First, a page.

What Is a Deer Funnel and How Do You Use It?

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Deer don’t just bounce around the woods randomly. They have very deliberate and predictable routes of movement. You can easily take advantage of this by locating deer funnels or even creating some of your own.

What Is a Deer Funnel?

A deer funnel is an aspect of the terrain that directs deer movement in a certain direction, usually causing them to pass through one narrow area referred to as a pinch point. As you might imagine, putting your tree stand near a funnel or pinch point is a recipe for success. With more traffic, you’re bound to see more deer, including more mature bucks. 

There are two types of deer funnels: natural and man made. You can take advantage of them both to increase your chances of a successful hunt.

Natural Deer Funnels

Natural deer funnels are those caused by natural terrain features. These could be bodies of water or cliffs that force deer to move in a certain direction.

Using natural deer funnels requires you to scout the terrain. It’s also helpful to look it over using satellite imagery on Google Earth or use a drone to get the bird’s eye view. 

You have to think like a deer, too, and recognize where they might want to move and therefore which areas they’ll funnel into. Consider that whitetail deer like thick cover, aren’t big fans of swimming, and don’t like walking uphill anymore than you or me.  

Deer crossing creek
A shallow creek crossing point is an example of a natural deer funnel

Man-Made Deer Funnels

A man-made deer funnel involves features you add to the terrain yourself to force deer to move where you want them. These could be dugouts, fences, walls, or even clearings or food plots.

4 Natural Deer Funnels to Take Advantage Of

The Gentle Slope

Whitetail deer don’t like steep terrain whether they’re moving uphill or down, and they’ll avoid it whenever possible. As a result, a buck will go the long way around if it means he can take the gentle slope.

Aside from satellite imagery, looking at a topographical map of your hunting area can help you pinpoint these funnels. Basically, they’re areas where the lines on the map are spaced farther apart. 

If you want to get even more detailed, pay attention to where the flatter terrain meets the steep terrain. This is usually the line the buck will follow, especially if it’s steep enough to be cliff-like. 

The Tree Bridge

Whitetail deer don’t like open clearings, mature bucks least of all. While they may feed in these areas under the cover of darkness, during daylight, they’ll mostly avoid them. As a result, if two clearings are divided by a thin strip of trees, deer will use this covering as a bridge to the forest on the other side.

The Creek Crossing

In general a body of water, be it a river, stream, pond or swamp, will force deer to move around the edge. However, local deer will most likely discover easy crossing points, especially in shallow streams or swamps. Locate your tree stand on either side of the bank near a shallow crossing, and you’re likely to see a buck or two.

The Rocky Outcrop

Similar to the cliff faces we talked about earlier, deer usually avoid walking right on top of rocky outcrops whether one side is uphill or not. The result is that for this stretch of terrain, they won’t move horizontally but rather along the outcrop. In other words, the rocks will create a V in the terrain, the deer moving to either side of the rocks. The point of that V is a great place to put your stand.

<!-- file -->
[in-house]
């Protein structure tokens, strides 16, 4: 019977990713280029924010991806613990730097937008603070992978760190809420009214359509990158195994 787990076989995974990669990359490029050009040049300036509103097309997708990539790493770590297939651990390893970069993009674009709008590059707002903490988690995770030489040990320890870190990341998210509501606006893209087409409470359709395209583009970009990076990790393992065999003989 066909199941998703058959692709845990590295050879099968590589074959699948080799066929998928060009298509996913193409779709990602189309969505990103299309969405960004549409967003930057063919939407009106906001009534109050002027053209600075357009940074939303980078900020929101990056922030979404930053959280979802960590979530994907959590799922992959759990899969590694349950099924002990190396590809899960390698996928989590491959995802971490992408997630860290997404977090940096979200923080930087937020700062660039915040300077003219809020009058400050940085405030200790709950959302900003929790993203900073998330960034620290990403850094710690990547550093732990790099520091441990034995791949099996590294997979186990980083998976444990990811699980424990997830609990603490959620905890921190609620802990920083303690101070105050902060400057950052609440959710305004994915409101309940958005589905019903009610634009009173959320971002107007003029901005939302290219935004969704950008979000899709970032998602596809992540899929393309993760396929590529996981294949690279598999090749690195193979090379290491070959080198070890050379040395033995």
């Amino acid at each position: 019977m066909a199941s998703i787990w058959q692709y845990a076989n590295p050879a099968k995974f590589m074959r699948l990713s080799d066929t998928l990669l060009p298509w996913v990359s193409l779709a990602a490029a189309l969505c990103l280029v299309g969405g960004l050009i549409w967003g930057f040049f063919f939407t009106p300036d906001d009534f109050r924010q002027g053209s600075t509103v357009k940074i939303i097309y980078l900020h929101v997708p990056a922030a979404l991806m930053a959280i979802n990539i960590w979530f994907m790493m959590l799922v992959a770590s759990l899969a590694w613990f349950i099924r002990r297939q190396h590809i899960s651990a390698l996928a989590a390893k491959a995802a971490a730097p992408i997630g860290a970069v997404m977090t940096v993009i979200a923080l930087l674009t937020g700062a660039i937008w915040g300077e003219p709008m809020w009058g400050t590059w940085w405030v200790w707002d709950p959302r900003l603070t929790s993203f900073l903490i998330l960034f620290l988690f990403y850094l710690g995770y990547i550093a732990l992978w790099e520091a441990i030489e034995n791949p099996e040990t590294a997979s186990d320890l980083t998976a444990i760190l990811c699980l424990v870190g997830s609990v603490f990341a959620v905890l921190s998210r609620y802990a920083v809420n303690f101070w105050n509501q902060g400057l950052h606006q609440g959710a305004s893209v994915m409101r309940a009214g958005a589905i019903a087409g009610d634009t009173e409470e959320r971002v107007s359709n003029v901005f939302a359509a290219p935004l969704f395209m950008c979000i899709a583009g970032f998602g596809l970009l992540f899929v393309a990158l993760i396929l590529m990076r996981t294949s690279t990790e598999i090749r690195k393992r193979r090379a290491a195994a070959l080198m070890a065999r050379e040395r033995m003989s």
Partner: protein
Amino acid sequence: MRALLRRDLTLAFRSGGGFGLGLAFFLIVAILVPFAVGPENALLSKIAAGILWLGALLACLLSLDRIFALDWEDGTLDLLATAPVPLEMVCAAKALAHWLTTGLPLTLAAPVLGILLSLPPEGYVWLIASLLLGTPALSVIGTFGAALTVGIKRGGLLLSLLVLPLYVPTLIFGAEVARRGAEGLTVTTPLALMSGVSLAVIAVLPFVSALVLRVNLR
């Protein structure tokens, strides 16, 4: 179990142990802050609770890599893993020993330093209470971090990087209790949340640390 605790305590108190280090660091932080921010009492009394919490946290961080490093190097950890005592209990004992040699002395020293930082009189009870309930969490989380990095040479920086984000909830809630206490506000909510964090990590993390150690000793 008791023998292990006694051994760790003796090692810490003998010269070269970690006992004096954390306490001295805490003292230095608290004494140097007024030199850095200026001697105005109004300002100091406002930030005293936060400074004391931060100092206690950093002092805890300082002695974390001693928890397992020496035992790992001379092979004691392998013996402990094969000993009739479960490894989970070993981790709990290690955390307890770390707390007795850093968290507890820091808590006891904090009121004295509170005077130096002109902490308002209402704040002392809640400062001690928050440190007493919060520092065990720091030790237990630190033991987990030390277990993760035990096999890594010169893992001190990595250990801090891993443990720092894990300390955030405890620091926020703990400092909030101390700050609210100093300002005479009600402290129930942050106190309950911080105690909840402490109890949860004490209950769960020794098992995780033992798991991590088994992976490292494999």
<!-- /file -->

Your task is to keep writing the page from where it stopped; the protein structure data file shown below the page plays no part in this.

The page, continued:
How to Make Your Own Deer Funnel

Clear a Path

Whitetail deer travel corridors usually take the path of least resistance, so you can easily make a funnel by creating that path. What that normally means is tilling up the ground in a large clearing. When the deer enter this clearing, they’ll cross it by taking your path. Set up a tree stand in the tree line just at one end of your path, and you’ll be hunting the pinch point.

Similarly, you can clear away overgrowth, shrubs and saplings—not full-grown trees—within the woods themselves to create a path that deer are more likely to travel. It’s best to do this in a way that connects a food source with bedding areas.

Cut Away the Cover

Since whitetail deer prefer to stay in the tree cover, especially during the daytime, you can create a funnel by narrowing that cover on your property. If you have two fields, clear them as close to one another so that there’s only a strip of cover 30 or 40 yards wide connecting two patches of woods. Deer will use this to pass between the clearings, and you can set up your tree stand on either end.

Plant Some Seeds

To make a deer funnel, you don’t always have to remove plants. Sometimes you can add new ones. This is certainly the longcon, but if you plan on hunting your property for many years, there’s no time like the present. For instance, if you have two patches of woods on your property, connect them by planting a narrow strip of trees. 

A faster method is strategically planting feed plots. If you have a natural funnel on your property like a rock outcrop, but the deer just don’t seem to be passing through that area, give them a reason to. Find their bedding area and then plant some of their favorite crops on the other side of the outcrop.  

Wall Them Off

Unfortunately, man-made barriers rarely work as well as you expect them to to funnel deer. Deer are always wary of human technology, and they can hop over small fences and walls anyway. 

That said, they sometimes work to complement natural funnels. For example, if deer have the option of taking a swamp’s shallow crossing or going all the way around, you can nudge them in the direction of the crossing by putting an obstacle in the other direction like a barb-wire fence or rock wall.

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